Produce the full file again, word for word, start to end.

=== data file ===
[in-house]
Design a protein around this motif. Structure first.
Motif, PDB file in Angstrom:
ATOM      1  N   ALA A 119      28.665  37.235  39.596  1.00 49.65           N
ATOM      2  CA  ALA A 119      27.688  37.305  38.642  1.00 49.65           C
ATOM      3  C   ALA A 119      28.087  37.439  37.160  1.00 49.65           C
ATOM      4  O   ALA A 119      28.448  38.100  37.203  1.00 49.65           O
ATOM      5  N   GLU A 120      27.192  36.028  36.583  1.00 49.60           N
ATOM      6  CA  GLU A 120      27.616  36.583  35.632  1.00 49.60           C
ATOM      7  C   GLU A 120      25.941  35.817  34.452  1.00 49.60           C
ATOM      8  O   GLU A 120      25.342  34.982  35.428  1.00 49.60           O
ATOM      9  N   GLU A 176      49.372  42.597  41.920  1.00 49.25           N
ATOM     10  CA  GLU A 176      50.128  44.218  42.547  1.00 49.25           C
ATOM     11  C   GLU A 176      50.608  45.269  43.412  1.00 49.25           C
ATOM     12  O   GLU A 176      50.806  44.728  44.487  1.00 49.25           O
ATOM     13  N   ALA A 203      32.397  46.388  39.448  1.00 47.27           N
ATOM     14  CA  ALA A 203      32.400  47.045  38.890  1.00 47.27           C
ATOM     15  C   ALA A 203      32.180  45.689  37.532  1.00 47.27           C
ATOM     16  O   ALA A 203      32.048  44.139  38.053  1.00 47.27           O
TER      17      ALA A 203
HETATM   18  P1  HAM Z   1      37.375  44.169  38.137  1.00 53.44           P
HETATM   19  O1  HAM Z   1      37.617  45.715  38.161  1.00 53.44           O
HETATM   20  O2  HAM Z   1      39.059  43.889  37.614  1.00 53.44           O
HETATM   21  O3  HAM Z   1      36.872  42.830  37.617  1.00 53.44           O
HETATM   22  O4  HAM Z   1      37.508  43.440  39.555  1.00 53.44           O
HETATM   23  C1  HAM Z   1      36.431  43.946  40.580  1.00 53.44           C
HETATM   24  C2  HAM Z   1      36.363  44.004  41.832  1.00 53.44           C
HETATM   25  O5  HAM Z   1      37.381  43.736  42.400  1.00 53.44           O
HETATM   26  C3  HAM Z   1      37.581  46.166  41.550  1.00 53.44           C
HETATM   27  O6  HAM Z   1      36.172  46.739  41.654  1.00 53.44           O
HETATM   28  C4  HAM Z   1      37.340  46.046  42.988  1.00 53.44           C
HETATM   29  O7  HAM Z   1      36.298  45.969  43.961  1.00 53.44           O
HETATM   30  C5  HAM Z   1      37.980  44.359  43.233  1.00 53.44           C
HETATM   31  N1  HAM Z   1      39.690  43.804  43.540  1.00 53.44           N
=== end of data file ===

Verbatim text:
[in-house]
Design a protein around this motif. Structure first.
Motif, PDB file in Angstrom:
ATOM      1  N   ALA A 119      28.665  37.235  39.596  1.00 49.65           N
ATOM      2  CA  ALA A 119      27.688  37.305  38.642  1.00 49.65           C
ATOM      3  C   ALA A 119      28.087  37.439  37.160  1.00 49.65           C
ATOM      4  O   ALA A 119      28.448  38.100  37.203  1.00 49.65           O
ATOM      5  N   GLU A 120      27.192  36.028  36.583  1.00 49.60           N
ATOM      6  CA  GLU A 120      27.616  36.583  35.632  1.00 49.60           C
ATOM      7  C   GLU A 120      25.941  35.817  34.452  1.00 49.60           C
ATOM      8  O   GLU A 120      25.342  34.982  35.428  1.00 49.60           O
ATOM      9  N   GLU A 176      49.372  42.597  41.920  1.00 49.25           N
ATOM     10  CA  GLU A 176      50.128  44.218  42.547  1.00 49.25           C
ATOM     11  C   GLU A 176      50.608  45.269  43.412  1.00 49.25           C
ATOM     12  O   GLU A 176      50.806  44.728  44.487  1.00 49.25           O
ATOM     13  N   ALA A 203      32.397  46.388  39.448  1.00 47.27           N
ATOM     14  CA  ALA A 203      32.400  47.045  38.890  1.00 47.27           C
ATOM     15  C   ALA A 203      32.180  45.689  37.532  1.00 47.27           C
ATOM     16  O   ALA A 203      32.048  44.139  38.053  1.00 47.27           O
TER      17      ALA A 203
HETATM   18  P1  HAM Z   1      37.375  44.169  38.137  1.00 53.44           P
HETATM   19  O1  HAM Z   1      37.617  45.715  38.161  1.00 53.44           O
HETATM   20  O2  HAM Z   1      39.059  43.889  37.614  1.00 53.44           O
HETATM   21  O3  HAM Z   1      36.872  42.830  37.617  1.00 53.44           O
HETATM   22  O4  HAM Z   1      37.508  43.440  39.555  1.00 53.44           O
HETATM   23  C1  HAM Z   1      36.431  43.946  40.580  1.00 53.44           C
HETATM   24  C2  HAM Z   1      36.363  44.004  41.832  1.00 53.44           C
HETATM   25  O5  HAM Z   1      37.381  43.736  42.400  1.00 53.44           O
HETATM   26  C3  HAM Z   1      37.581  46.166  41.550  1.00 53.44           C
HETATM   27  O6  HAM Z   1      36.172  46.739  41.654  1.00 53.44           O
HETATM   28  C4  HAM Z   1      37.340  46.046  42.988  1.00 53.44           C
HETATM   29  O7  HAM Z   1      36.298  45.969  43.961  1.00 53.44           O
HETATM   30  C5  HAM Z   1      37.980  44.359  43.233  1.00 53.44           C
HETATM   31  N1  HAM Z   1      39.690  43.804  43.540  1.00 53.44           N